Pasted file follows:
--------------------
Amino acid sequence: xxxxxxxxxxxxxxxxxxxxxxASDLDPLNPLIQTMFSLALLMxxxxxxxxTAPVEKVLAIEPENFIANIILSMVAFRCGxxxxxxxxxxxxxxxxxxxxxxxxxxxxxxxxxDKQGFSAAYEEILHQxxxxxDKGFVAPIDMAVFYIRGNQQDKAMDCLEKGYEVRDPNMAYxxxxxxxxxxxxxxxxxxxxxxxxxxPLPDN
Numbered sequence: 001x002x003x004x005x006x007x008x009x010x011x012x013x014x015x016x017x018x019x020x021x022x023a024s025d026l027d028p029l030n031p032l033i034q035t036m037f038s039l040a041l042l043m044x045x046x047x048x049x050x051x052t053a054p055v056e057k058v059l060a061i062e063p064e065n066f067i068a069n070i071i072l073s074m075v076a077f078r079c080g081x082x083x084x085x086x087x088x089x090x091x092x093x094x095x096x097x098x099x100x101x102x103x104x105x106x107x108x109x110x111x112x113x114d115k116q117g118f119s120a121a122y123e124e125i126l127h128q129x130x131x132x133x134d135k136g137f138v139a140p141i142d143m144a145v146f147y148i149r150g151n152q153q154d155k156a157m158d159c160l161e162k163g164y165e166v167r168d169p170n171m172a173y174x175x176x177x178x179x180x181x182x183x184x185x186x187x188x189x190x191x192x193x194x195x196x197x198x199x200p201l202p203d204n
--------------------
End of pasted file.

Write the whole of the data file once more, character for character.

Amino acid sequence: xxxxxxxxxxxxxxxxxxxxxxASDLDPLNPLIQTMFSLALLMxxxxxxxxTAPVEKVLAIEPENFIANIILSMVAFRCGxxxxxxxxxxxxxxxxxxxxxxxxxxxxxxxxxDKQGFSAAYEEILHQxxxxxDKGFVAPIDMAVFYIRGNQQDKAMDCLEKGYEVRDPNMAYxxxxxxxxxxxxxxxxxxxxxxxxxxPLPDN
Numbered sequence: 001x002x003x004x005x006x007x008x009x010x011x012x013x014x015x016x017x018x019x020x021x022x023a024s025d026l027d028p029l030n031p032l033i034q035t036m037f038s039l040a041l042l043m044x045x046x047x048x049x050x051x052t053a054p055v056e057k058v059l060a061i062e063p064e065n066f067i068a069n070i071i072l073s074m075v076a077f078r079c080g081x082x083x084x085x086x087x088x089x090x091x092x093x094x095x096x097x098x099x100x101x102x103x104x105x106x107x108x109x110x111x112x113x114d115k116q117g118f119s120a121a122y123e124e125i126l127h128q129x130x131x132x133x134d135k136g137f138v139a140p141i142d143m144a145v146f147y148i149r150g151n152q153q154d155k156a157m158d159c160l161e162k163g164y165e166v167r168d169p170n171m172a173y174x175x176x177x178x179x180x181x182x183x184x185x186x187x188x189x190x191x192x193x194x195x196x197x198x199x200p201l202p203d204n